They create worlds: Journey

One of the things that video games can do magnificently is create worlds. From the satirical real-world analogues of Rockstar’s Grand Theft Auto series to the historical simulacra of Assassin’s Creed infused with secret meaning, from Super Mario‘s candy-coloured vistas to the stark alien worlds of Metroid: in games we can experience spaces that are uncanny twins of real places or that are thrillingly new. This isn’t exactly a series of posts or a new feature as an occasional exploration of games that I love because of where they take me.

One of these games is Journey, originally developed by Thatgamecompany for the PS3 and now available for the PS4. In terms of its gameplay, it’s a simple game, almost entirely devoid of challenge; it has also been called an ‘art game’ and I’m sure there are some who would even deny it’s a game to begin with, for some reason or another. It wonderfully evokes a sense of place, though: in Journey you’re a lone traveller, perhaps a pilgrim, marching onwards towards the distant mountain through deserts, among abandoned ruins, across the bottom of the ocean and up snowy slopes towards the goal that keeps getting closer even as it remains tantalisingly out of reach.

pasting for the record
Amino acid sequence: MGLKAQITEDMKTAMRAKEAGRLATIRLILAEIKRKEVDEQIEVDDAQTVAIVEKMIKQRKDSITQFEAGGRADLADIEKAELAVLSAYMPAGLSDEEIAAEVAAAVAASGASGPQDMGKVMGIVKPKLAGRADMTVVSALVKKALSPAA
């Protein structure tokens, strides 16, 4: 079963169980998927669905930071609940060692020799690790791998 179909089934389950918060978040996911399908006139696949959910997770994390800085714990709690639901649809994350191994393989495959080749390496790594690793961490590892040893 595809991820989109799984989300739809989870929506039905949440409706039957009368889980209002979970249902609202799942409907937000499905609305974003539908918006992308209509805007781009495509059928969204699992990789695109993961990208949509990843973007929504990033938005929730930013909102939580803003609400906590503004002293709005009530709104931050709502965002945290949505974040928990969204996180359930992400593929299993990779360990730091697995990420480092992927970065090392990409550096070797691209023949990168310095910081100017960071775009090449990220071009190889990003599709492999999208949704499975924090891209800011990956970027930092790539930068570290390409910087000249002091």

While the actual virtual locations are fairly small and can be traversed in a few minutes, they come alive through a wonderful blend of the real and the imaginary. Visually, Journey has a minimalist but beautiful style, using strong colour contrast and simple shapes to evoke less real places than our dreams of such places. There’s a sparsely surreal quality to the deserts you travel through early in the game, as if Lawrence of Arabia‘s vistas had been reimagined by Giorgio de Chirico. At the same time, the place is tangible: you leave behind lines in the glittering sand as you move through it, sliding down dunes. There’s a tactility to these environments and your place in them; late in Journey, as you travel up the mountain towards your destination, the cold wind holds you back, slowly freezing you in place. Journey‘s spaces feel both alien and real – these are worlds you could otherwise only explore while asleep, but you feel the sand between your toes, the snow on your face.

Journey offers fairly little in the way of interaction to its players, its chief method of interaction being movement, and the game gets that very right. The player avatar becomes a part of the world, where in a lesser game that avatar feels superimposed on it. Other than walking around, the player can also fly, though this power is very much limited and feels less like the kind of power fantasy common to gaming than like a moment of freedom – again, very much like in dreams. There is one more thing the player can do, though, and that’s where the world gains a dimension: he or she can sing… and if others are around, they will hear that song. Journey is a multiplayer game, but it’s a most unusual one: on your pilgrimage to the mountain, you encounter other pilgrims, looking exactly like you. They walk, fly, and they sing; where one pilgrim may chirp in short, playful sounds, another may hold a note, almost as if inviting you to join voices.